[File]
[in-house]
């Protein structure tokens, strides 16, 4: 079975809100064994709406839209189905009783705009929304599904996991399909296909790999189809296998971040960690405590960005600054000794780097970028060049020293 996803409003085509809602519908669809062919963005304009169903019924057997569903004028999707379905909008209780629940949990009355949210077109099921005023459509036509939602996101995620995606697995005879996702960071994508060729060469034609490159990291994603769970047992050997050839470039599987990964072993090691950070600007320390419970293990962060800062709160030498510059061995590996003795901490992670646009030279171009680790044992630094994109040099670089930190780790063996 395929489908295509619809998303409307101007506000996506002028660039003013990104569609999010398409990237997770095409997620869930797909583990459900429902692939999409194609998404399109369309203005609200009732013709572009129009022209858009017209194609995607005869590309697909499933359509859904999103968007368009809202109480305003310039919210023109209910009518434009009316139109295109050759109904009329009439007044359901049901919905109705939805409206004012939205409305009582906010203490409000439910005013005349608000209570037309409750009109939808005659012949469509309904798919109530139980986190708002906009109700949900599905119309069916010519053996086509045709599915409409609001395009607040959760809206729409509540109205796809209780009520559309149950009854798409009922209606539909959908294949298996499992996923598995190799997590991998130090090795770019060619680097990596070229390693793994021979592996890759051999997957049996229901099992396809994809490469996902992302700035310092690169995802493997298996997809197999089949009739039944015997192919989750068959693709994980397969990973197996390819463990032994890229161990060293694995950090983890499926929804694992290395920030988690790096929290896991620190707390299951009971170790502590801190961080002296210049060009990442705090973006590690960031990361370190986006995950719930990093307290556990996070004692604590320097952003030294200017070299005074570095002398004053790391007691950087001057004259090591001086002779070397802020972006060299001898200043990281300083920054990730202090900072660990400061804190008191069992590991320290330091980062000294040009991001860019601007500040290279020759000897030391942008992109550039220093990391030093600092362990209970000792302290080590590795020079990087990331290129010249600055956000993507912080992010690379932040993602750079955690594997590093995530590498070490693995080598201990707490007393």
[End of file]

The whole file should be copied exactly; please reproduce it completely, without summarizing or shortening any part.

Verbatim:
[in-house]
């Protein structure tokens, strides 16, 4: 079975809100064994709406839209189905009783705009929304599904996991399909296909790999189809296998971040960690405590960005600054000794780097970028060049020293 996803409003085509809602519908669809062919963005304009169903019924057997569903004028999707379905909008209780629940949990009355949210077109099921005023459509036509939602996101995620995606697995005879996702960071994508060729060469034609490159990291994603769970047992050997050839470039599987990964072993090691950070600007320390419970293990962060800062709160030498510059061995590996003795901490992670646009030279171009680790044992630094994109040099670089930190780790063996 395929489908295509619809998303409307101007506000996506002028660039003013990104569609999010398409990237997770095409997620869930797909583990459900429902692939999409194609998404399109369309203005609200009732013709572009129009022209858009017209194609995607005869590309697909499933359509859904999103968007368009809202109480305003310039919210023109209910009518434009009316139109295109050759109904009329009439007044359901049901919905109705939805409206004012939205409305009582906010203490409000439910005013005349608000209570037309409750009109939808005659012949469509309904798919109530139980986190708002906009109700949900599905119309069916010519053996086509045709599915409409609001395009607040959760809206729409509540109205796809209780009520559309149950009854798409009922209606539909959908294949298996499992996923598995190799997590991998130090090795770019060619680097990596070229390693793994021979592996890759051999997957049996229901099992396809994809490469996902992302700035310092690169995802493997298996997809197999089949009739039944015997192919989750068959693709994980397969990973197996390819463990032994890229161990060293694995950090983890499926929804694992290395920030988690790096929290896991620190707390299951009971170790502590801190961080002296210049060009990442705090973006590690960031990361370190986006995950719930990093307290556990996070004692604590320097952003030294200017070299005074570095002398004053790391007691950087001057004259090591001086002779070397802020972006060299001898200043990281300083920054990730202090900072660990400061804190008191069992590991320290330091980062000294040009991001860019601007500040290279020759000897030391942008992109550039220093990391030093600092362990209970000792302290080590590795020079990087990331290129010249600055956000993507912080992010690379932040993602750079955690594997590093995530590498070490693995080598201990707490007393």